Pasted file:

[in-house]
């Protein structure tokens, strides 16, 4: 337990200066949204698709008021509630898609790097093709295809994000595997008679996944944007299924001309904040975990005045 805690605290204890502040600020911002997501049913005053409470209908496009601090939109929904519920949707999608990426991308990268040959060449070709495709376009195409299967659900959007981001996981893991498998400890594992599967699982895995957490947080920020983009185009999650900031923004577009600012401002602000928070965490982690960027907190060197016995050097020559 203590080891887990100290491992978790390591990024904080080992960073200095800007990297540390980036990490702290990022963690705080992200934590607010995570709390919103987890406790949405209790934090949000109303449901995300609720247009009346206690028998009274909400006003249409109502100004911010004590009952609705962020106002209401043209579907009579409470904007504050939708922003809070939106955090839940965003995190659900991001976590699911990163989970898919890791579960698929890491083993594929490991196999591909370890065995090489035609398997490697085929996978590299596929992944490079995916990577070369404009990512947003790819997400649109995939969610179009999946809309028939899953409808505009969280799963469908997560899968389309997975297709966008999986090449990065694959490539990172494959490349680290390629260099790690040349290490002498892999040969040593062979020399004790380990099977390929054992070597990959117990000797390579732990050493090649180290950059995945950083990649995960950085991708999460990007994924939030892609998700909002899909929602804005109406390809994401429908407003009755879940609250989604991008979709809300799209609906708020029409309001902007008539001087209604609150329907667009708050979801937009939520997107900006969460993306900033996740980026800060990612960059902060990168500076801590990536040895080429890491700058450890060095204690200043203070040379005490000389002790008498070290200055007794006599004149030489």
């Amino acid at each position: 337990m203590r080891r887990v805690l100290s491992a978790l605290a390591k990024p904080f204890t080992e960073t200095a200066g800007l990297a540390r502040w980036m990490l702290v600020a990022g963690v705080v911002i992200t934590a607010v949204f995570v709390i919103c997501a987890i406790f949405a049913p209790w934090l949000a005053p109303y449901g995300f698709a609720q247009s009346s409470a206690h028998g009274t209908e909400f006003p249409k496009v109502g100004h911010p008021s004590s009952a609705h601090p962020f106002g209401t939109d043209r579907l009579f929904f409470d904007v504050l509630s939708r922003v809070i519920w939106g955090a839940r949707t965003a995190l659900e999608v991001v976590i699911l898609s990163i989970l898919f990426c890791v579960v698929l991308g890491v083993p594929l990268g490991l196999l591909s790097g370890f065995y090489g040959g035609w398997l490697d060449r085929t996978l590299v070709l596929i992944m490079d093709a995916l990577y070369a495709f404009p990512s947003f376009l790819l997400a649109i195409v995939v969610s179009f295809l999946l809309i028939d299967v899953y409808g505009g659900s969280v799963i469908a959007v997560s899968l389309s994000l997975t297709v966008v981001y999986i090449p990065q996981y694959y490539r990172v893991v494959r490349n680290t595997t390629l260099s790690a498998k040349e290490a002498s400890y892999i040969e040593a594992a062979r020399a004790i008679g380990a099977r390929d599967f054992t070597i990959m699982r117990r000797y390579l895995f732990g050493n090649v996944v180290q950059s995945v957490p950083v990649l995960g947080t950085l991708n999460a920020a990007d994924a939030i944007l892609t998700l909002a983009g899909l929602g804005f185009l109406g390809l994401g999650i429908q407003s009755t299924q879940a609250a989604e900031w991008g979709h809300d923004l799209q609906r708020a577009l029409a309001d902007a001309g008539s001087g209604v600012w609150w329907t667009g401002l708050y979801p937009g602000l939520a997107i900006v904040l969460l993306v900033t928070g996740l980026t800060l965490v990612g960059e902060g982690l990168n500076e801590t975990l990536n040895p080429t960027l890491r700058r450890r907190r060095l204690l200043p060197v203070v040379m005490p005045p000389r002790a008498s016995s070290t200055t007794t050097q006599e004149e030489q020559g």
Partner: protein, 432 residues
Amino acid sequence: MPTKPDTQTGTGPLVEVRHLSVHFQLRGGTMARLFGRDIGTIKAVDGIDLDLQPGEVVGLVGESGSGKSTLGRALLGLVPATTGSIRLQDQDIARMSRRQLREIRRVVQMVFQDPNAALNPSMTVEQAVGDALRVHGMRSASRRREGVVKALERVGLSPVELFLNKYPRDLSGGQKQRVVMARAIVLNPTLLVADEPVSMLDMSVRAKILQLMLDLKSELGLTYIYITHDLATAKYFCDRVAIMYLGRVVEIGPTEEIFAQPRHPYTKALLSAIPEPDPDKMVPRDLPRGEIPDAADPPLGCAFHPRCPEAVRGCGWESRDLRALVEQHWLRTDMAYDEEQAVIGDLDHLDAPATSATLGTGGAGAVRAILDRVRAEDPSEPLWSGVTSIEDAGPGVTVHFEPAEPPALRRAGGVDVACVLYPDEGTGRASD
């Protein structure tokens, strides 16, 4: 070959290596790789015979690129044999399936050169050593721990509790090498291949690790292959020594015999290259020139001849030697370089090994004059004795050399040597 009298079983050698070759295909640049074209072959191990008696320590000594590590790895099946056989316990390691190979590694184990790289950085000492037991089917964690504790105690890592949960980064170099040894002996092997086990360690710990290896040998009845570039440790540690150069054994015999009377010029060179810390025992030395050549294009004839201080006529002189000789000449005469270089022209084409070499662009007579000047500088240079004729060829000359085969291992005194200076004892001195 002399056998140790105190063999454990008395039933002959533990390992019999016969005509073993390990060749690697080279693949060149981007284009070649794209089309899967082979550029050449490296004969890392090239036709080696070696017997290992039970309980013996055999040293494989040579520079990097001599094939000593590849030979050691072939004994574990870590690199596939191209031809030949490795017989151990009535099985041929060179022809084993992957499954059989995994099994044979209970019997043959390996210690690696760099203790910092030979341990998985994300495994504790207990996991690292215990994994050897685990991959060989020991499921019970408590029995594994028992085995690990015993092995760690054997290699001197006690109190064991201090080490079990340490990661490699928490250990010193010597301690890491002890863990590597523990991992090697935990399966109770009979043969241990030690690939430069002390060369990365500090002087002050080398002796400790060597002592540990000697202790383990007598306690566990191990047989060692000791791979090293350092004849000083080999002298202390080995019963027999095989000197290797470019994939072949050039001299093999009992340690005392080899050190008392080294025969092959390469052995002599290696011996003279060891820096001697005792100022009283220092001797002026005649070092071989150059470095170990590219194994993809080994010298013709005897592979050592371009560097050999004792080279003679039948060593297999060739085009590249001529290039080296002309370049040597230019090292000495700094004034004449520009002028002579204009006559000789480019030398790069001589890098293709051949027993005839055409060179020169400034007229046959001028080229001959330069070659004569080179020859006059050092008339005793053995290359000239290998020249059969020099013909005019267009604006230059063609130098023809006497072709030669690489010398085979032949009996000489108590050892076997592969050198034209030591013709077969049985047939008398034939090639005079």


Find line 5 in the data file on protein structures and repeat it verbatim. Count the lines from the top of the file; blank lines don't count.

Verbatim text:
Amino acid sequence: MPTKPDTQTGTGPLVEVRHLSVHFQLRGGTMARLFGRDIGTIKAVDGIDLDLQPGEVVGLVGESGSGKSTLGRALLGLVPATTGSIRLQDQDIARMSRRQLREIRRVVQMVFQDPNAALNPSMTVEQAVGDALRVHGMRSASRRREGVVKALERVGLSPVELFLNKYPRDLSGGQKQRVVMARAIVLNPTLLVADEPVSMLDMSVRAKILQLMLDLKSELGLTYIYITHDLATAKYFCDRVAIMYLGRVVEIGPTEEIFAQPRHPYTKALLSAIPEPDPDKMVPRDLPRGEIPDAADPPLGCAFHPRCPEAVRGCGWESRDLRALVEQHWLRTDMAYDEEQAVIGDLDHLDAPATSATLGTGGAGAVRAILDRVRAEDPSEPLWSGVTSIEDAGPGVTVHFEPAEPPALRRAGGVDVACVLYPDEGTGRASD